I believe God commissions the church for a special purpose – to nurture those Christ calls friends to become mature followers of Christ. In the book of Acts, the common life of the early believers is described as follows: “They met constantly to hear the apostles teach, and to share the common life, and break bread and to pray. A sense of awe was everywhere. All whose faith had drawn them together held everything in common. With one mind they kept up their daily attendance at the temple, and, breaking bread in private houses, shared their meals with unaffected joy as they praised God.”
Growth to maturity in the faith is not merely an individual’s walk with God – God made us to be joined together in God’s family, to worship God, to grow to become more like Christ, to serve according to our gifts, and to have a mission and purpose in life. This is who we are, or should be, as a church. We are a body whose purpose is to encourage one another and build each other up. We should be devoted to one another in love, honoring one another above ourselves. God calls us serve one another in love, carrying one another’s burdens in the name of Christ.
Relationships form the cornerstone of our church – in our relationship with God and our relationships with others. Jesus once said that it is our love for one another that will prove to the world that we are Christ’s disciples. It takes some sensitivity to be a supportive friend while at the same time seeking to encourage another to grow in Christian faith. If we see a friend straying from faith, we should care enough to share about any problems as well as the joys.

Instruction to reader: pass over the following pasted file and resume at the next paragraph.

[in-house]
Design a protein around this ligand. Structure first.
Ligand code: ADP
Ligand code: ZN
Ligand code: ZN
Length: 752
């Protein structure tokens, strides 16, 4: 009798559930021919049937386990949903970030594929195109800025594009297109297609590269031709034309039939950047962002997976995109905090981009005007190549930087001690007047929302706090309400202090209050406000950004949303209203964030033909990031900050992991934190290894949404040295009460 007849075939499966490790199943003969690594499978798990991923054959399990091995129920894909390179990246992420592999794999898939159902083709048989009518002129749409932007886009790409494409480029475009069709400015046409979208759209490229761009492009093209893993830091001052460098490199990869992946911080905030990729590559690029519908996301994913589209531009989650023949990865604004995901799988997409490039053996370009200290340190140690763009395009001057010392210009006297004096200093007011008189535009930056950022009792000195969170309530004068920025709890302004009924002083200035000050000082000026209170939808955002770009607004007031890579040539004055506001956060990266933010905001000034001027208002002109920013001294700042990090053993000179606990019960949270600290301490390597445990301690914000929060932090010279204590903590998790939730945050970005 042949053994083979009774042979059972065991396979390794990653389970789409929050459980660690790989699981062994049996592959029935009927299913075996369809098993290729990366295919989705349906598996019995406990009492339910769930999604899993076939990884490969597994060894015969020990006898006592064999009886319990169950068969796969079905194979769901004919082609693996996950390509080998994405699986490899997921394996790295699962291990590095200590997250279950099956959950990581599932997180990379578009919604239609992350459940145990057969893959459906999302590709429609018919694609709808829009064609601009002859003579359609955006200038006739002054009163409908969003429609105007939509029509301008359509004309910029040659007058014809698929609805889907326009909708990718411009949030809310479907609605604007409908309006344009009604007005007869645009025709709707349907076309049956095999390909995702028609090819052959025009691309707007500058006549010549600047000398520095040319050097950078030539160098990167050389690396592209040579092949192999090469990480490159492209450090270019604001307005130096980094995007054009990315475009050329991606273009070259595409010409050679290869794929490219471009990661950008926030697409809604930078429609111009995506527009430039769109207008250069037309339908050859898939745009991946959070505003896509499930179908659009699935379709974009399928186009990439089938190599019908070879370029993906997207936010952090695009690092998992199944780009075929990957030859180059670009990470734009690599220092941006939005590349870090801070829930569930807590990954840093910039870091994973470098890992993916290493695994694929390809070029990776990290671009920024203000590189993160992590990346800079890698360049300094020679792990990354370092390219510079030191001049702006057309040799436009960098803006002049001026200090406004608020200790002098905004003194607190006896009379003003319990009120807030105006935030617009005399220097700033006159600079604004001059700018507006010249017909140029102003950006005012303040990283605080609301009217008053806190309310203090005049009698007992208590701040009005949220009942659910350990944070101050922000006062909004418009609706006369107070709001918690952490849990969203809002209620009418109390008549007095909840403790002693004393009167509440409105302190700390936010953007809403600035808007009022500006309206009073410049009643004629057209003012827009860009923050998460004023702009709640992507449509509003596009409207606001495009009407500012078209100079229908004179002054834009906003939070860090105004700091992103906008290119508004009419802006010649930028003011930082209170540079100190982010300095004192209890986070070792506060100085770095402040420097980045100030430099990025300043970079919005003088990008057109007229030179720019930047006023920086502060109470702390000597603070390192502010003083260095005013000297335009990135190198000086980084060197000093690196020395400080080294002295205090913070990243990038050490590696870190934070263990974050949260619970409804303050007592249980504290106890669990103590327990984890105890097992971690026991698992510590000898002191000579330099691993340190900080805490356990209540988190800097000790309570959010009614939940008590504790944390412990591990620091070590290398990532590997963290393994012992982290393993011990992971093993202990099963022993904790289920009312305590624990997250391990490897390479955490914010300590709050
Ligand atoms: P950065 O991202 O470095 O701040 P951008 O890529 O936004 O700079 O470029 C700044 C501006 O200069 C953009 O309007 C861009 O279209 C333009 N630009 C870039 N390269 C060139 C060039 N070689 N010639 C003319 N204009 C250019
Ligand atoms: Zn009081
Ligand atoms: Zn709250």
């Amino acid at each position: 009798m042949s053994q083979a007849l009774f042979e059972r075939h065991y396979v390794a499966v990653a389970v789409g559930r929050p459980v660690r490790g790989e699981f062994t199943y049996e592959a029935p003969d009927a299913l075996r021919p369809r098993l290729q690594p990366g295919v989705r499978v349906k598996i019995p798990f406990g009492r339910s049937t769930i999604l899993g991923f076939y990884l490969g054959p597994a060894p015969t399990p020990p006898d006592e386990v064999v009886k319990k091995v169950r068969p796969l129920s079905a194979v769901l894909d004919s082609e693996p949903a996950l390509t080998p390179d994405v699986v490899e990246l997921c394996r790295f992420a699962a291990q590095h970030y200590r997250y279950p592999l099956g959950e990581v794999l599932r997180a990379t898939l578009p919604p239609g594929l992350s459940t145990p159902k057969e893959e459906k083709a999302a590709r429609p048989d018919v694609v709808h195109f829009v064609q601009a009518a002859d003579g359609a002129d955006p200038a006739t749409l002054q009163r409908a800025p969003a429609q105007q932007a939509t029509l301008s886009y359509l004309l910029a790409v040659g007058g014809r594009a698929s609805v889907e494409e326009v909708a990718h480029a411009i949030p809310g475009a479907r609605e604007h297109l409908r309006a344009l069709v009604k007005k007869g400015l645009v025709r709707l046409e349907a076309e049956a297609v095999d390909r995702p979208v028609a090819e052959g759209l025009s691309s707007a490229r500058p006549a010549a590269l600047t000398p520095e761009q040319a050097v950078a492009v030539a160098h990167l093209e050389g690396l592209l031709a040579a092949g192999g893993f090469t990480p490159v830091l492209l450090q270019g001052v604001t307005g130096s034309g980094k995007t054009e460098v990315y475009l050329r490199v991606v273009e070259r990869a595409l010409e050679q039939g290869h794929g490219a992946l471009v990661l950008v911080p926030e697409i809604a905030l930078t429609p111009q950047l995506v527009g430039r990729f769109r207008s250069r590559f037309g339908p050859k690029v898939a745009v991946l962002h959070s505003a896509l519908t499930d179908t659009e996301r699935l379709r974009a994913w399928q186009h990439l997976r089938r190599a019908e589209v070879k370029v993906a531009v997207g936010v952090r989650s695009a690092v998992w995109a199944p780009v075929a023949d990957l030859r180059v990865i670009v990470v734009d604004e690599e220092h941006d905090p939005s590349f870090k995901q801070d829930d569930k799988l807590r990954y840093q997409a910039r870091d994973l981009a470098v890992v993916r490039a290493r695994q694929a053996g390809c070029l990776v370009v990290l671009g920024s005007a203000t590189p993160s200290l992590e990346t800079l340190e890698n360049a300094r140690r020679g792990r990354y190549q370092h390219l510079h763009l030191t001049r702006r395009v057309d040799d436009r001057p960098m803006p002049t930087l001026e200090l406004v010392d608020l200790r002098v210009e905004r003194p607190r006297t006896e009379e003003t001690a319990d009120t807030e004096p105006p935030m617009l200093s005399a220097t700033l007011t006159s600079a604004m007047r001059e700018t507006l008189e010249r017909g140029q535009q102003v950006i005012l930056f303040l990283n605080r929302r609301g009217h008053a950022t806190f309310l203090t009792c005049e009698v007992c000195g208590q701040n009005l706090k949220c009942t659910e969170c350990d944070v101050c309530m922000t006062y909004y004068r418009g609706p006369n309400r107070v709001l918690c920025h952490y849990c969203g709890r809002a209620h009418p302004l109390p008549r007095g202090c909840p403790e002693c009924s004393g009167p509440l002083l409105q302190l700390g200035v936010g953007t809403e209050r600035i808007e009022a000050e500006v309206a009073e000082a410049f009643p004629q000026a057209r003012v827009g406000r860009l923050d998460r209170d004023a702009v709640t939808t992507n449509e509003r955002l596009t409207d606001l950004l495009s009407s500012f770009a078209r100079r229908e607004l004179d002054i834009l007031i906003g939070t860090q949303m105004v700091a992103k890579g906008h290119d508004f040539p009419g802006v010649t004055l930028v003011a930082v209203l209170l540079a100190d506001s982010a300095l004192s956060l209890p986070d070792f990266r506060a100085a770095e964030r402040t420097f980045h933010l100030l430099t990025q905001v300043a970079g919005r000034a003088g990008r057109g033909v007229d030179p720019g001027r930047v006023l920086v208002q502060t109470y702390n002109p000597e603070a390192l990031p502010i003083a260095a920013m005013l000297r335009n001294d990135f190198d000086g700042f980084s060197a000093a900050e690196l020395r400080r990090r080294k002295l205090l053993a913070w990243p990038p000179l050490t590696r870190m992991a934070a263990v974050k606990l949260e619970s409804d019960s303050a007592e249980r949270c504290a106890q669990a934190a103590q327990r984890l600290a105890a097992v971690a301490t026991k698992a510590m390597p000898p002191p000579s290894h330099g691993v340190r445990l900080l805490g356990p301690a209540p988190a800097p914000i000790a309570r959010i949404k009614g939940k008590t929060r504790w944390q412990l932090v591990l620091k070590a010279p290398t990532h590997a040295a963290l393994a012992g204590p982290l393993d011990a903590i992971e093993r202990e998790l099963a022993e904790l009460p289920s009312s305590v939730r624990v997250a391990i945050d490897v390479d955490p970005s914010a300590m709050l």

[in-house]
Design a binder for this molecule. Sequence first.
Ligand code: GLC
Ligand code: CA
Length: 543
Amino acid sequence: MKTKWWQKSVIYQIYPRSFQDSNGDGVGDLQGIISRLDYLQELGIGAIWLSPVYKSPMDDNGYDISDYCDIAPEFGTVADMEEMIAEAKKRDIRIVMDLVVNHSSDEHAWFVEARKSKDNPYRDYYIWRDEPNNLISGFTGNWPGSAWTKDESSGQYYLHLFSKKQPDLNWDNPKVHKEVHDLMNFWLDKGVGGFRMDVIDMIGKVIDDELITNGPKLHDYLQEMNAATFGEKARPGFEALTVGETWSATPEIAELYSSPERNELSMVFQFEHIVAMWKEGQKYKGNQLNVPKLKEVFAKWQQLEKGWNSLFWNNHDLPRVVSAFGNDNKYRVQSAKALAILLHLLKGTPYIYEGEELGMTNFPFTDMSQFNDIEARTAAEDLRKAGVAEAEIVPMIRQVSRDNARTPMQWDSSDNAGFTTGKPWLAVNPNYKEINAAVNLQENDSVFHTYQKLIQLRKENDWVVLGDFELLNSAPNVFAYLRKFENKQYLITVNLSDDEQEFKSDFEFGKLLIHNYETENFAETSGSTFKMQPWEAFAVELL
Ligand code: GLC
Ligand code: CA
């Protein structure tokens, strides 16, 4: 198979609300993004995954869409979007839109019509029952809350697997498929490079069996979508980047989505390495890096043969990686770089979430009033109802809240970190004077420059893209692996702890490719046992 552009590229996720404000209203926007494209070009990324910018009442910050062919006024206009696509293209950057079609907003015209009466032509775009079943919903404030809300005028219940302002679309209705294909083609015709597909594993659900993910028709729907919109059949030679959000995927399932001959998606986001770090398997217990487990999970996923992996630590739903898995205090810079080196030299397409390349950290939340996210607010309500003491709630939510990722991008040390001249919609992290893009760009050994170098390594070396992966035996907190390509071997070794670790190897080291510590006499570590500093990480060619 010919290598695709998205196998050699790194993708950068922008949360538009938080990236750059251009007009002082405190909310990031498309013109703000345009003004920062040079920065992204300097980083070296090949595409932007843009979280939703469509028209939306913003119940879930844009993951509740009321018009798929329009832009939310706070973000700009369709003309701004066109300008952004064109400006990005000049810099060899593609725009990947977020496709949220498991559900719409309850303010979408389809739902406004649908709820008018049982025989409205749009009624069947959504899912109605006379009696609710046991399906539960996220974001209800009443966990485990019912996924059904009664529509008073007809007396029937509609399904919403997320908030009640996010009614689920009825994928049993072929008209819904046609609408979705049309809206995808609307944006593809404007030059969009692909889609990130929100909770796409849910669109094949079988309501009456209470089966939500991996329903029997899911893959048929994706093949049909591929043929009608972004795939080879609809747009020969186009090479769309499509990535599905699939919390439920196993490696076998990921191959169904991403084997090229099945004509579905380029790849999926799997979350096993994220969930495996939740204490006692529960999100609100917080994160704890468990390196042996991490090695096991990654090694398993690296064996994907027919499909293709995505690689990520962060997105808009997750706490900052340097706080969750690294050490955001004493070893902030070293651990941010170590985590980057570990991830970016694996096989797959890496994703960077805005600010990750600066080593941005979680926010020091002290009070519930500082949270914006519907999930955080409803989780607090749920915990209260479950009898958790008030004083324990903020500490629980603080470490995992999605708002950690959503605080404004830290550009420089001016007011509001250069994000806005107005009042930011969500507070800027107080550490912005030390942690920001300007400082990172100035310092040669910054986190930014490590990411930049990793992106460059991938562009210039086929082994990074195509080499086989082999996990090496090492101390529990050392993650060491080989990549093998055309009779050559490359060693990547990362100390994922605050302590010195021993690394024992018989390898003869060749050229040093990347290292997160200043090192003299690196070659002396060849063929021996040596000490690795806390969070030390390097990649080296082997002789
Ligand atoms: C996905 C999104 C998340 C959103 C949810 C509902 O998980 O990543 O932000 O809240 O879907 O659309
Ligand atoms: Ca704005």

There are a number of passages in the Bible that can help us grow in our friendships. Paul says in 1 Thessalonians 5 to “encourage one another and build each other up.” In Romans it says to “Be devoted to one another in brotherly love. Honor one another above yourselves.” In Galatians, “Serve one another in love,” and “carry each other’s burdens, for in this way you will fulfill the law of Christ.”
I pray that you will bring home with you today the desire to be the kind of friend Paul found in Timothy and Epaphroditus – one who will work alongside another in the service of Christ, one who will put others before self, who will care for another in times of trial, and be one who encourages. If there is someone new today you don’t know, make sure to introduce yourself and invite that person to sit downstairs with you in our coffee hour. Take the initiative for the sake of another who may be more hesitant to take the first step of friendship.
Let us grow strong in relationships, in the name of Jesus Christ.